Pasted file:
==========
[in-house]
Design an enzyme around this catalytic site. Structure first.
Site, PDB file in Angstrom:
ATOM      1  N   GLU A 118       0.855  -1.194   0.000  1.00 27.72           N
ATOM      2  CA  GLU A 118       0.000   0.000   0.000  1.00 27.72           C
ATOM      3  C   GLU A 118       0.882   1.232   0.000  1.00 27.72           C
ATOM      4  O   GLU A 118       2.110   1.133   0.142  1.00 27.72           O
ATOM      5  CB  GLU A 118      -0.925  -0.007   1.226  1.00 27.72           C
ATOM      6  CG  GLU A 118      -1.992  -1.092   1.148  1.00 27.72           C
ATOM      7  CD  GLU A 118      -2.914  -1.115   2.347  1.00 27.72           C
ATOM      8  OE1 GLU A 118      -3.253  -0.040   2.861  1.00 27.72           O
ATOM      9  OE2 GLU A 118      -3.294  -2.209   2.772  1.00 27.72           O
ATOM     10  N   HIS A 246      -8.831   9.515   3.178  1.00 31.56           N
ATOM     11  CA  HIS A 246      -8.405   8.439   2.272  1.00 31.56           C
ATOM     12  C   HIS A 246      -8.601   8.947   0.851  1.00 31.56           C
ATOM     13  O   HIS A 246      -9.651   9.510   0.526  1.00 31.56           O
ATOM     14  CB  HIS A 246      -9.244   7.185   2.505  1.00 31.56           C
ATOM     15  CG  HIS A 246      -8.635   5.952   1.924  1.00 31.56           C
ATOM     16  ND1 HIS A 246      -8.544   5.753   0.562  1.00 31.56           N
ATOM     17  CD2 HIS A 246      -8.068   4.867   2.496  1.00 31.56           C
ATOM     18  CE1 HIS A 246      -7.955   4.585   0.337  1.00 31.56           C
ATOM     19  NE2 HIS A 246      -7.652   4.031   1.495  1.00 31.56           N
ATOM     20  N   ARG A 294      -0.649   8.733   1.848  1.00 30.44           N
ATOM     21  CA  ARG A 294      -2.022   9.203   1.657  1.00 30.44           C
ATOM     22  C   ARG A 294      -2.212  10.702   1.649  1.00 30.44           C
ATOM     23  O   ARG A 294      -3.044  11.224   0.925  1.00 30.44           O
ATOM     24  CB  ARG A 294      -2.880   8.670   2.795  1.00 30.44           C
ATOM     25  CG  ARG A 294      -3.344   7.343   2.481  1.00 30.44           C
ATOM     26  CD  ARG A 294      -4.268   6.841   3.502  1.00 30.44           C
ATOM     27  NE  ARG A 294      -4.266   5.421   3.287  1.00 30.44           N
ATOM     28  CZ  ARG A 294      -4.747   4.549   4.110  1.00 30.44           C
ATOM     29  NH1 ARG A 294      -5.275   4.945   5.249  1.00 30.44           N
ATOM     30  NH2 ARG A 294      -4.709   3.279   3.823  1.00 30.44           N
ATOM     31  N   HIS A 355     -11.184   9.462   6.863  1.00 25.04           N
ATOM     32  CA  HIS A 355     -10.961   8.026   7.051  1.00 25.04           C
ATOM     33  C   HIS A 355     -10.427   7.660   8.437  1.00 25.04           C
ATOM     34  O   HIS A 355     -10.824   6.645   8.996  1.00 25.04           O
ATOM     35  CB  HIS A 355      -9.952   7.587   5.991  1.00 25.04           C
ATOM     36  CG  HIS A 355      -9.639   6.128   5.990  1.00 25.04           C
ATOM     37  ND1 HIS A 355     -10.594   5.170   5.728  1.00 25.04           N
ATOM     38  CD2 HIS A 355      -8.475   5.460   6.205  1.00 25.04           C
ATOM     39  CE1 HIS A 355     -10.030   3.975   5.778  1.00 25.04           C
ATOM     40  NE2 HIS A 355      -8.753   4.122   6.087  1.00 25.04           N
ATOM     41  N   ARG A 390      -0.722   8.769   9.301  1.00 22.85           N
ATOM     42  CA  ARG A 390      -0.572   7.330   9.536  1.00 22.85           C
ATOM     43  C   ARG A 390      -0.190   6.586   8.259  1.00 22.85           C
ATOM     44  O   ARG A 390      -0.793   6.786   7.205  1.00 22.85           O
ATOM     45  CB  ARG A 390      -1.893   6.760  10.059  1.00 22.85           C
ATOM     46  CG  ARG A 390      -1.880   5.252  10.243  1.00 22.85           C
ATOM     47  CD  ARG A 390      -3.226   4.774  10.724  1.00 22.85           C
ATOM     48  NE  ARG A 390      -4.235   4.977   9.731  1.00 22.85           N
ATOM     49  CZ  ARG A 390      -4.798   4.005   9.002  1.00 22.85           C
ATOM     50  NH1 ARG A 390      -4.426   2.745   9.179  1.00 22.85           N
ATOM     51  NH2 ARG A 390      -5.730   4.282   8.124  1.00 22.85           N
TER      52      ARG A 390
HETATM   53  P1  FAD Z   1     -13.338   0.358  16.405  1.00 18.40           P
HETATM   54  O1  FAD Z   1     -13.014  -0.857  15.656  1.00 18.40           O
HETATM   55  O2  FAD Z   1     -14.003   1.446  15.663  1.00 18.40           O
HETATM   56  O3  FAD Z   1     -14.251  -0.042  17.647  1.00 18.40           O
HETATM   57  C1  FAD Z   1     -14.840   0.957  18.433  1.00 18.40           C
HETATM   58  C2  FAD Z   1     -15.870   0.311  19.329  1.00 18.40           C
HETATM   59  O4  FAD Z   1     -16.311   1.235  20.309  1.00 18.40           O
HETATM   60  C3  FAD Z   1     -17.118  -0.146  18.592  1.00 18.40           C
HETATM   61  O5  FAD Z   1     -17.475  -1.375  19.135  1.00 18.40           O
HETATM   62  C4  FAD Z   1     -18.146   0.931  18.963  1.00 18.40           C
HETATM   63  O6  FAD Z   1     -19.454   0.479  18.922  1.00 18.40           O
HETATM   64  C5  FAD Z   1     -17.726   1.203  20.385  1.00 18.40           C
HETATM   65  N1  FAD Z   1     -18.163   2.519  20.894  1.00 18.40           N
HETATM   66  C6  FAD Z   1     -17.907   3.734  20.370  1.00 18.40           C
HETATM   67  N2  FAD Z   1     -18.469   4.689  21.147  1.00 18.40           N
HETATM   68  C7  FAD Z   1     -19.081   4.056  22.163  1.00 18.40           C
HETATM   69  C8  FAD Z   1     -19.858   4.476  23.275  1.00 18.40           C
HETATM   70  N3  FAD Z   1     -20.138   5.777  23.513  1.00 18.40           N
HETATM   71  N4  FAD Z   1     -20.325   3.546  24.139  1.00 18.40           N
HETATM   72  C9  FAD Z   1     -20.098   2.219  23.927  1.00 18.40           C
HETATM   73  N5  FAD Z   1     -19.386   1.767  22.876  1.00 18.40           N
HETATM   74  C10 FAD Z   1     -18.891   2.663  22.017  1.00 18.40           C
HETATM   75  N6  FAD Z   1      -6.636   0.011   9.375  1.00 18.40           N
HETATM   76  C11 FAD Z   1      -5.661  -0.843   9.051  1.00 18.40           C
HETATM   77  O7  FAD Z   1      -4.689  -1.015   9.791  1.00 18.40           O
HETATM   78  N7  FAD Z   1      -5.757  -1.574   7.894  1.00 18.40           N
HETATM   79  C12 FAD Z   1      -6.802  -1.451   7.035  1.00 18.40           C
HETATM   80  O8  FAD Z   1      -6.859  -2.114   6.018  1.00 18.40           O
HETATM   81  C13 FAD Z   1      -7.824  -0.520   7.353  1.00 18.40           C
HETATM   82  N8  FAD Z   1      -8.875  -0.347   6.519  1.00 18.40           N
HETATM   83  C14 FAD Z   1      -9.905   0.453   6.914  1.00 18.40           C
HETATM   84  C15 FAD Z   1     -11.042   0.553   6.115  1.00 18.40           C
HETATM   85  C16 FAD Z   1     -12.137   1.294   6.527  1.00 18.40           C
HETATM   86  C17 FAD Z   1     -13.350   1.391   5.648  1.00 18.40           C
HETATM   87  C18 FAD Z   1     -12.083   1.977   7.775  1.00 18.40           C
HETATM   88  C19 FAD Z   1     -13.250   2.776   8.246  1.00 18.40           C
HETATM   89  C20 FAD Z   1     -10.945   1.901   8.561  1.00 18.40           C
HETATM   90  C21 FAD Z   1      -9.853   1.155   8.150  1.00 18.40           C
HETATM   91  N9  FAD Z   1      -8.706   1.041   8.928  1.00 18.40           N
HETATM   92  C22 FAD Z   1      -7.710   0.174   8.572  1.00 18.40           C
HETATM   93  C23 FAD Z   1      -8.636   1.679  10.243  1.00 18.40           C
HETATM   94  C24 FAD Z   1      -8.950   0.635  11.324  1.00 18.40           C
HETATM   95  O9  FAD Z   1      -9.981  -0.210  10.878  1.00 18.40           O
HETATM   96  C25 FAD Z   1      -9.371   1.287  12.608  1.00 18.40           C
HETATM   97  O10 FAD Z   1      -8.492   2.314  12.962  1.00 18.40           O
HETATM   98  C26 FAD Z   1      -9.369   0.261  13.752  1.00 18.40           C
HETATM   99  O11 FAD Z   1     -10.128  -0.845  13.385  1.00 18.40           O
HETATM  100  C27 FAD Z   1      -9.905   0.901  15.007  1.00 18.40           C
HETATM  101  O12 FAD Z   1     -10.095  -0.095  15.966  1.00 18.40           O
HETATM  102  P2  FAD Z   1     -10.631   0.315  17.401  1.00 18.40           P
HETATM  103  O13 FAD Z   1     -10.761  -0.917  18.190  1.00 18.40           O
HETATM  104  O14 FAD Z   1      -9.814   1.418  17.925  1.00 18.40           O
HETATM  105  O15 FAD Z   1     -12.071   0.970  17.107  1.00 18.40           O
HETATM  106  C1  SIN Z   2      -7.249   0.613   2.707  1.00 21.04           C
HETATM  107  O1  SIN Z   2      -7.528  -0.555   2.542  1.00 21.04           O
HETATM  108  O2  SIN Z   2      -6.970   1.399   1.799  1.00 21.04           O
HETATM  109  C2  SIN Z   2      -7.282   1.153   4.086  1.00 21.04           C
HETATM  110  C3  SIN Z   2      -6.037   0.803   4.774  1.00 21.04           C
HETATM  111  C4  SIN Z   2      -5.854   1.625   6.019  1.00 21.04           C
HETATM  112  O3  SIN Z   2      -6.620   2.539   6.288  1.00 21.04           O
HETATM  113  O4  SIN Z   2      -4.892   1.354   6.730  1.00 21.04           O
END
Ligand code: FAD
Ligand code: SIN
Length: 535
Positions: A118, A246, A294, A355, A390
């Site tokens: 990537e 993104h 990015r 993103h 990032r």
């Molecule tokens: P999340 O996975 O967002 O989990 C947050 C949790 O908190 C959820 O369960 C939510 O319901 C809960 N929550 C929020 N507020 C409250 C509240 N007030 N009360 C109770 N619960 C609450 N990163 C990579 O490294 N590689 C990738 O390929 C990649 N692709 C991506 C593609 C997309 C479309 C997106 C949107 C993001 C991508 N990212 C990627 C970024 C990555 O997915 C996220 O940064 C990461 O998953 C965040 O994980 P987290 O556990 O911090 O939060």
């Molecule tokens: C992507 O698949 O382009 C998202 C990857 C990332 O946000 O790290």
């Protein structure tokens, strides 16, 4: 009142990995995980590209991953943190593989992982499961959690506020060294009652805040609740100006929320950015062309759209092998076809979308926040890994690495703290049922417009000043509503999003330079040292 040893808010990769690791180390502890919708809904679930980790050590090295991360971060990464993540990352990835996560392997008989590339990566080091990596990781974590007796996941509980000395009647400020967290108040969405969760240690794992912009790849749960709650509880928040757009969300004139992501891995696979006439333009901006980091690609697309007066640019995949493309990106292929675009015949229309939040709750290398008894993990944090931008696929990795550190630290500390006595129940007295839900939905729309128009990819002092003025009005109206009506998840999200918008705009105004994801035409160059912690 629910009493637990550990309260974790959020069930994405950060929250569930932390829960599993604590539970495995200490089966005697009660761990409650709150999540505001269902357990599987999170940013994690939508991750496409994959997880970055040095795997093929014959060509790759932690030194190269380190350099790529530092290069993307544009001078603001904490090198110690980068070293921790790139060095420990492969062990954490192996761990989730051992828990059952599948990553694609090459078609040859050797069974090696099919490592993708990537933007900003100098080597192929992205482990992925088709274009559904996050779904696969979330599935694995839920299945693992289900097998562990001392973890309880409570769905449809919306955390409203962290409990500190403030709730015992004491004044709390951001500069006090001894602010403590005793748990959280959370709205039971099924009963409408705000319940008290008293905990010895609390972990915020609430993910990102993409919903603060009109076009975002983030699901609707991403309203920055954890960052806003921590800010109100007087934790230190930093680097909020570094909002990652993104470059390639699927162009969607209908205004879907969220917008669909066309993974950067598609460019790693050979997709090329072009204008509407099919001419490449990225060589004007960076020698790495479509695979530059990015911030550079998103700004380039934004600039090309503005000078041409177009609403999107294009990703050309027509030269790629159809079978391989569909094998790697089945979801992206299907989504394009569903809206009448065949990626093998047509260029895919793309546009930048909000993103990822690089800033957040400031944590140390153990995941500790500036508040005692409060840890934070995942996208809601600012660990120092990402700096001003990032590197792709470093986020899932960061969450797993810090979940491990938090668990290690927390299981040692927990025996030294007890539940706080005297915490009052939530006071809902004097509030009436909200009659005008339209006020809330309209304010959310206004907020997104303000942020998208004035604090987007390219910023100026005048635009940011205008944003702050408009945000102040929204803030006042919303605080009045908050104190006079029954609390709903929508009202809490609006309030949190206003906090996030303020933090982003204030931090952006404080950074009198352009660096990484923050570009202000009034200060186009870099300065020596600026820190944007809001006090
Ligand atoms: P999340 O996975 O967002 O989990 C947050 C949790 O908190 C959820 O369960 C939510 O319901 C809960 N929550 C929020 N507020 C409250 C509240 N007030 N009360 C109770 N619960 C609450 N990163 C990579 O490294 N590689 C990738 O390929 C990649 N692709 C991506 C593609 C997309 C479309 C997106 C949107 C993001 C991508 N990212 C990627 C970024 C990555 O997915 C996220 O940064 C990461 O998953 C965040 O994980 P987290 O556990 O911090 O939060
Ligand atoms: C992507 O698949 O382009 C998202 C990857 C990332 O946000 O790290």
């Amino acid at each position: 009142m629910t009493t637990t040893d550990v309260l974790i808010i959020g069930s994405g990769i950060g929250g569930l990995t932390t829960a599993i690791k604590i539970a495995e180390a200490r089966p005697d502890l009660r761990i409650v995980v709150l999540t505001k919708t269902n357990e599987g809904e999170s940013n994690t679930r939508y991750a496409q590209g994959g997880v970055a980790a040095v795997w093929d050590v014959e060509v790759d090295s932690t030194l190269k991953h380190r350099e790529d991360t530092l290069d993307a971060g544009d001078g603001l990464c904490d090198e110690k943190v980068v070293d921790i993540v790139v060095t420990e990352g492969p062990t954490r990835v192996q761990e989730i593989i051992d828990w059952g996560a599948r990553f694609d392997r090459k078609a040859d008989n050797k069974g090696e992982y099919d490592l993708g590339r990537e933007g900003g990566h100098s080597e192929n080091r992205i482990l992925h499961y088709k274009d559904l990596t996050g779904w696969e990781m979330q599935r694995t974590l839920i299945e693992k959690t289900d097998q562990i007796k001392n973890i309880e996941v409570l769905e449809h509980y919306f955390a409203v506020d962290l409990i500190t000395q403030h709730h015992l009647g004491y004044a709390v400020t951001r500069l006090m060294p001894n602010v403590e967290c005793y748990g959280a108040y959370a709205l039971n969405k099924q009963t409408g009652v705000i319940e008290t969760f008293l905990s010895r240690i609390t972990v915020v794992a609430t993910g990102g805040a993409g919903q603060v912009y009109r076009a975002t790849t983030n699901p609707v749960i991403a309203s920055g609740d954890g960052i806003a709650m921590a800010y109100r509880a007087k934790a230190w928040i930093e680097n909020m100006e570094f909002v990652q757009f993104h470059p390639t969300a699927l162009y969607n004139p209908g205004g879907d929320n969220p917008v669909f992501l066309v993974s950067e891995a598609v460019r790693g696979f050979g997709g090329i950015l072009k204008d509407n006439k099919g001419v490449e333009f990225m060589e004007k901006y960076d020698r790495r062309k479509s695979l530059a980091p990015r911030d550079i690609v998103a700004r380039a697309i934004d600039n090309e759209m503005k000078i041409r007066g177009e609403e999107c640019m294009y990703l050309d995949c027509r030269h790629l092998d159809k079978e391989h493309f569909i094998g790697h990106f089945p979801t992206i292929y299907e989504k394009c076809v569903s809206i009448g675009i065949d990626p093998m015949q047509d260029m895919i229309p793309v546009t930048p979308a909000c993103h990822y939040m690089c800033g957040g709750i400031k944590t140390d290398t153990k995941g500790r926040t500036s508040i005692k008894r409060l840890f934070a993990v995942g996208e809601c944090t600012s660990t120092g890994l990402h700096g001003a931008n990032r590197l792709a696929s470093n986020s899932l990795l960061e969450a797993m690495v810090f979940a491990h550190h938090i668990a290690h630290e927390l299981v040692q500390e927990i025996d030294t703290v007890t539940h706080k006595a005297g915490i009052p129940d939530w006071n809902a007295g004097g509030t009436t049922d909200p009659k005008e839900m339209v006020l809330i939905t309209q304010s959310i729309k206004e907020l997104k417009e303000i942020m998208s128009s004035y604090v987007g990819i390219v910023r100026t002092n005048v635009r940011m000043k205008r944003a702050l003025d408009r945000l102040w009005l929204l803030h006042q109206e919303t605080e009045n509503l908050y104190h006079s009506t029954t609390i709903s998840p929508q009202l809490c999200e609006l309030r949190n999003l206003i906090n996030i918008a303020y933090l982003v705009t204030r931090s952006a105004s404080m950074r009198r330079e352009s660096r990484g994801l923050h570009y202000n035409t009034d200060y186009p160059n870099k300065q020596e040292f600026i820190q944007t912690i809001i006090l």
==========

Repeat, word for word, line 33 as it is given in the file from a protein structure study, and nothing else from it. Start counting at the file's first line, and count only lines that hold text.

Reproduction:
ATOM     30  NH2 ARG A 294      -4.709   3.279   3.823  1.00 30.44           N